Inquisitiveness Quotes (6 quotes)
I am convinced that this is the only means of advancing science, of clearing the mind from a confused heap of contradictory observations, that do but perplex and puzzle the Student, when he compares them, or misguide him if he gives himself up to their authority; but bringing them under one general head, can alone give rest and satisfaction to an inquisitive mind.
It required unusual inquisitiveness to pursue the development of scientific curiosities such as charged pith balls, the voltaic cell, and the electrostatic machine. Without such endeavors and the evolution of associated instrumentation, initially of purely scientific interest, most of the investigations that lead to the basic equations of electromagnetism would have been missed. … We would have been deprived of electromagnetic machinery as well as knowledge of electromagnetic waves.
Nature is silent only to those who know not how to interrogate her—to the man of inquisitive mind she offers ample instruction.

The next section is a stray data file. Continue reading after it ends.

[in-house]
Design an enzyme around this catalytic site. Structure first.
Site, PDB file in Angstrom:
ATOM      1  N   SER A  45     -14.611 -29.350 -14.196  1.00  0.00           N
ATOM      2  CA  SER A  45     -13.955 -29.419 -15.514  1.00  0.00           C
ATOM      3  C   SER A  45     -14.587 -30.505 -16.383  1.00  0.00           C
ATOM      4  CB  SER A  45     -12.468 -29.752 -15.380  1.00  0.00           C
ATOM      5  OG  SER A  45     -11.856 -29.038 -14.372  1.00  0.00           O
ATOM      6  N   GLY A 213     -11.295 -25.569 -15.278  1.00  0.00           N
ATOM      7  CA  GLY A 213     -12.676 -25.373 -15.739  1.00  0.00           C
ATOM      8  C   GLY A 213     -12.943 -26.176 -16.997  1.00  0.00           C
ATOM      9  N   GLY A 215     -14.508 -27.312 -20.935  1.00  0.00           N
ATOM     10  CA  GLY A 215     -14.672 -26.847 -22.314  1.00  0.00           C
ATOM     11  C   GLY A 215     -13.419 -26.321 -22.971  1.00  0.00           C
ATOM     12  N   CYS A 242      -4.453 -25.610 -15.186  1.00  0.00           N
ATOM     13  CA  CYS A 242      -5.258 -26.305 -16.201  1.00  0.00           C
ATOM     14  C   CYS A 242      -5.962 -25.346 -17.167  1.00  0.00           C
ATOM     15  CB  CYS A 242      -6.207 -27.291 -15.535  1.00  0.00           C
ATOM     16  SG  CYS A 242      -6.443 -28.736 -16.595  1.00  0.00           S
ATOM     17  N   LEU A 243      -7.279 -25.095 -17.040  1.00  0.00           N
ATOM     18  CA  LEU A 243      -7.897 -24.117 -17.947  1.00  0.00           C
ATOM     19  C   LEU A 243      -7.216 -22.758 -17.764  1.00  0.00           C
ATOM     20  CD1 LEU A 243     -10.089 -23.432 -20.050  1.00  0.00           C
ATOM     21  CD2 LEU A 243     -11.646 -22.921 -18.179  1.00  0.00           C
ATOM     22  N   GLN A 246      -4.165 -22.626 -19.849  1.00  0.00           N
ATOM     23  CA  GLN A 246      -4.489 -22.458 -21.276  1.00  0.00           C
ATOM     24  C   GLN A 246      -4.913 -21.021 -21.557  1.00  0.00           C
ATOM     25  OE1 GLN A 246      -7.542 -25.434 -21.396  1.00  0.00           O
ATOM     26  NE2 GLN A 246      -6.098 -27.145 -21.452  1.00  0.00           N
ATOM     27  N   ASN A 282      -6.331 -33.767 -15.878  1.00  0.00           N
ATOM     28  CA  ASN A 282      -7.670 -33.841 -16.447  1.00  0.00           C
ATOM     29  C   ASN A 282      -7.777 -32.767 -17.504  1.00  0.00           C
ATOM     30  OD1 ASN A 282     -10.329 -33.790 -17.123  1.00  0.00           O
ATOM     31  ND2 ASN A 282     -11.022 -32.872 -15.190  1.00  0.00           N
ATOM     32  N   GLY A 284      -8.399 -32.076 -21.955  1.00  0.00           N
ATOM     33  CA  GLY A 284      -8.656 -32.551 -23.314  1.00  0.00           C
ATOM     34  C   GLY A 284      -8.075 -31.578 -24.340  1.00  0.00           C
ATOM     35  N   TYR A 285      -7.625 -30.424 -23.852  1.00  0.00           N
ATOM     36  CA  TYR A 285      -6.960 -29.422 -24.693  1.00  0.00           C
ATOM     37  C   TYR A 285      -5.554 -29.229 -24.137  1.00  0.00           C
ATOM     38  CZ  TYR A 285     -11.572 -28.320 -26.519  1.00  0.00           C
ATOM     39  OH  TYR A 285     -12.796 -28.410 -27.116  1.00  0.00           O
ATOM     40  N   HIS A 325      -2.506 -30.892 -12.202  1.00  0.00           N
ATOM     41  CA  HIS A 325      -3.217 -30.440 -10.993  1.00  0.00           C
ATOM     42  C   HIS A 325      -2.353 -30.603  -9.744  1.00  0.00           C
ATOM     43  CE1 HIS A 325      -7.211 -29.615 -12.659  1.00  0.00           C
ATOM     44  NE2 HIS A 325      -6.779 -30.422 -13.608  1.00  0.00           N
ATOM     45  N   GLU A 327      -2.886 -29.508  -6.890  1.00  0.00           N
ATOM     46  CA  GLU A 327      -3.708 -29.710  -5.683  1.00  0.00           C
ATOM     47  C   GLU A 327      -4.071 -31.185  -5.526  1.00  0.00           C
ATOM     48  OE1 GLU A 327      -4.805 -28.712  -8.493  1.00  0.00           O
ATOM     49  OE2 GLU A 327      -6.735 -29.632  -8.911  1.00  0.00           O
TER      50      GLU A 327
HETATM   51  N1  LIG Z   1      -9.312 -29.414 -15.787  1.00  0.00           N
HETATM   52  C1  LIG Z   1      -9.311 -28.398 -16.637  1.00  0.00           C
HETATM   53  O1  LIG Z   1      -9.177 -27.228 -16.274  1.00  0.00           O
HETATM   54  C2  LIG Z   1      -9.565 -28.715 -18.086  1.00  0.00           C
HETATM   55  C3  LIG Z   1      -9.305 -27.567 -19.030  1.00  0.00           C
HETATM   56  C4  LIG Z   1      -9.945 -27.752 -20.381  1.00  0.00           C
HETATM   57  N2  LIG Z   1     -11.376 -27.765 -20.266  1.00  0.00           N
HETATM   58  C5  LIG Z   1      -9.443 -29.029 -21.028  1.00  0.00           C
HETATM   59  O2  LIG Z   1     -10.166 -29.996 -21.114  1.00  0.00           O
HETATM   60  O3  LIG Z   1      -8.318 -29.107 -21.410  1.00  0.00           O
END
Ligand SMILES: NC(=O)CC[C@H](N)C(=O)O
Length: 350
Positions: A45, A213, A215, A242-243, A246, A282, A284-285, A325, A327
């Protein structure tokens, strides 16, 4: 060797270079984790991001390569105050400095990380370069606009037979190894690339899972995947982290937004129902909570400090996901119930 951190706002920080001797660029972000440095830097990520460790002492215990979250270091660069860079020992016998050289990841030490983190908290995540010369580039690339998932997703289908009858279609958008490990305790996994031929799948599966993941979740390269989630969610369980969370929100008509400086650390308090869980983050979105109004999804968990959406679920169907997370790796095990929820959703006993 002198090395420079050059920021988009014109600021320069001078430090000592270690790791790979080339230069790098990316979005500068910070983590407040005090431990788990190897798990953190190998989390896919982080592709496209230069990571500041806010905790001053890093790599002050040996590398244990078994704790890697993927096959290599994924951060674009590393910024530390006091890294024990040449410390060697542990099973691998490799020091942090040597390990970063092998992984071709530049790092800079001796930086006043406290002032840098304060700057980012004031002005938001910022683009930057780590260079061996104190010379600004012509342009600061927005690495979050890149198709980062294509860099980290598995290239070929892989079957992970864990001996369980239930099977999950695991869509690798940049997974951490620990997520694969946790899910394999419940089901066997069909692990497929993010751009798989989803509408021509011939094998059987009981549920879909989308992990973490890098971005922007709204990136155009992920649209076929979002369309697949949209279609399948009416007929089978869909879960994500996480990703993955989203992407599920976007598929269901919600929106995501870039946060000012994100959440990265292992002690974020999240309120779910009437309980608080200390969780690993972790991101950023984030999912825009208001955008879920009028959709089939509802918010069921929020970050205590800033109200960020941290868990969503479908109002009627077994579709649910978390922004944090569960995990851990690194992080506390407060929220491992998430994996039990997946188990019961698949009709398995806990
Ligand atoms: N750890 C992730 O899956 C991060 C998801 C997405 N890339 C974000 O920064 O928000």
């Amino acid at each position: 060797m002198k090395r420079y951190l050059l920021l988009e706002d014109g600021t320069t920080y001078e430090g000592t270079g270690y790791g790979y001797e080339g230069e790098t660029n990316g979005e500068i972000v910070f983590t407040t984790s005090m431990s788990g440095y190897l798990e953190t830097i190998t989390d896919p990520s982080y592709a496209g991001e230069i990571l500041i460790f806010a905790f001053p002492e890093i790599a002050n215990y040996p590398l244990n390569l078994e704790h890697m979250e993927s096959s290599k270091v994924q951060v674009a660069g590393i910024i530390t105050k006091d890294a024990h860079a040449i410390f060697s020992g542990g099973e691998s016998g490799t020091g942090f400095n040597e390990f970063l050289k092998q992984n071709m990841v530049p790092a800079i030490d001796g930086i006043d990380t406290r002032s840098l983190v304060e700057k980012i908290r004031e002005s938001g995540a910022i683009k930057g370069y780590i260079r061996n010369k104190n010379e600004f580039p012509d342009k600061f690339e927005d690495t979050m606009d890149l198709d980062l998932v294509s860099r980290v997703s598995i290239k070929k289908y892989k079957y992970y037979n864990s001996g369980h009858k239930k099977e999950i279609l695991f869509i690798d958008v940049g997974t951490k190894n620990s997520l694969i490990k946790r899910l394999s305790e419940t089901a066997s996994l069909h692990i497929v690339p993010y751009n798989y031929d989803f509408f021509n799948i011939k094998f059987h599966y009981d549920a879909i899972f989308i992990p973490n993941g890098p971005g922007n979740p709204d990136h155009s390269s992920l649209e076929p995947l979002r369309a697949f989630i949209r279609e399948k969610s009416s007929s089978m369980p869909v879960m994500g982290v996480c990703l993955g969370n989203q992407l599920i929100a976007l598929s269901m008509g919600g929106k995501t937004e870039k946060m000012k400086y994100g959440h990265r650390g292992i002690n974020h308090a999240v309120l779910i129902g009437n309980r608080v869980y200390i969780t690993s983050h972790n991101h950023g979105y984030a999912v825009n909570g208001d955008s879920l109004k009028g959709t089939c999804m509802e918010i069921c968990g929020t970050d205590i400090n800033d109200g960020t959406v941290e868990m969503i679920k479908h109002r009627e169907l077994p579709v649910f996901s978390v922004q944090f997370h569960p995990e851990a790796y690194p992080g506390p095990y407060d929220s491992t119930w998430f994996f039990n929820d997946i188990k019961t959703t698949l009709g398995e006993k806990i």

Of what use are the great number of petrifactions, of different species, shape and form which are dug up by naturalists? Perhaps the collection of such specimens is sheer vanity and inquisitiveness. I do not presume to say; but we find in our mountains the rarest animals, shells, mussels, and corals embalmed in stone, as it were, living specimens of which are now being sought in vain throughout Europe. These stones alone whisper in the midst of general silence.
To inquisitive minds like yours and mine the reflection that the quantity of human knowledge bears no proportion to the quantity of human ignorance must be in one view rather pleasing, viz., that though we are to live forever we may be continually amused and delighted with learning something new.
To this I may add another form of temptation, manifold in its dangers … There exists in the soul … a cupidity which does not take delight in the carnal pleasure but in perceptions acquired through the flesh. It is a vain inquisitiveness dignified with the title of knowledge and science. As this is rooted in the appetite for knowing, and as among the senses the eyes play a leading role in acquiring knowledge, the divine word calls it “the lust of the eyes” (I John, 2: 16) … To satisfy this diseased craving … people study the operations of nature, which lie beyond our grasp when there is no advantage in knowing and the investigators simply desire knowledge for its own sake. This motive is again at work if, using a perverted science for the same end, people try to achieve things by magical arts.